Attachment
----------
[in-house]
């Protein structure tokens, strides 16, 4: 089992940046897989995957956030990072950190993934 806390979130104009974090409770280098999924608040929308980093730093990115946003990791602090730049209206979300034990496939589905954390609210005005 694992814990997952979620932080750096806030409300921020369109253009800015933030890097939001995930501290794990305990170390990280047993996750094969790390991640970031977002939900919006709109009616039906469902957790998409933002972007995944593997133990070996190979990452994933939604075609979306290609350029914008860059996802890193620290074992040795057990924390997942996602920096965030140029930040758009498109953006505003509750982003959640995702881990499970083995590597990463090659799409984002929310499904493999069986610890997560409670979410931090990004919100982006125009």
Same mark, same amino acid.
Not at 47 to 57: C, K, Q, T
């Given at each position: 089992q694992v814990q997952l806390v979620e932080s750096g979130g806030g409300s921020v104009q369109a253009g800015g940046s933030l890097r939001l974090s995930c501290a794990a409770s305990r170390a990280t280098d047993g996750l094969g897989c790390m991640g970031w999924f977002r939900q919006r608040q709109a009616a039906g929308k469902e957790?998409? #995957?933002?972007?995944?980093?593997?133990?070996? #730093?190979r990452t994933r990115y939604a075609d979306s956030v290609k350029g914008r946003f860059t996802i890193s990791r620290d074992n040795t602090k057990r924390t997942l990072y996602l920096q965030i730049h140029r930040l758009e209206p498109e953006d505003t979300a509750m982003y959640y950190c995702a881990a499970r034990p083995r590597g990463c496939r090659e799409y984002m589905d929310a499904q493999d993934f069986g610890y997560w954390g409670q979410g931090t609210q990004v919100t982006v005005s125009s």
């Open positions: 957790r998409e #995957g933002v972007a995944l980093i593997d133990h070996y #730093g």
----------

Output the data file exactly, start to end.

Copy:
[in-house]
């Protein structure tokens, strides 16, 4: 089992940046897989995957956030990072950190993934 806390979130104009974090409770280098999924608040929308980093730093990115946003990791602090730049209206979300034990496939589905954390609210005005 694992814990997952979620932080750096806030409300921020369109253009800015933030890097939001995930501290794990305990170390990280047993996750094969790390991640970031977002939900919006709109009616039906469902957790998409933002972007995944593997133990070996190979990452994933939604075609979306290609350029914008860059996802890193620290074992040795057990924390997942996602920096965030140029930040758009498109953006505003509750982003959640995702881990499970083995590597990463090659799409984002929310499904493999069986610890997560409670979410931090990004919100982006125009």
Same mark, same amino acid.
Not at 47 to 57: C, K, Q, T
């Given at each position: 089992q694992v814990q997952l806390v979620e932080s750096g979130g806030g409300s921020v104009q369109a253009g800015g940046s933030l890097r939001l974090s995930c501290a794990a409770s305990r170390a990280t280098d047993g996750l094969g897989c790390m991640g970031w999924f977002r939900q919006r608040q709109a009616a039906g929308k469902e957790?998409? #995957?933002?972007?995944?980093?593997?133990?070996? #730093?190979r990452t994933r990115y939604a075609d979306s956030v290609k350029g914008r946003f860059t996802i890193s990791r620290d074992n040795t602090k057990r924390t997942l990072y996602l920096q965030i730049h140029r930040l758009e209206p498109e953006d505003t979300a509750m982003y959640y950190c995702a881990a499970r034990p083995r590597g990463c496939r090659e799409y984002m589905d929310a499904q493999d993934f069986g610890y997560w954390g409670q979410g931090t609210q990004v919100t982006v005005s125009s």
């Open positions: 957790r998409e #995957g933002v972007a995944l980093i593997d133990h070996y #730093g």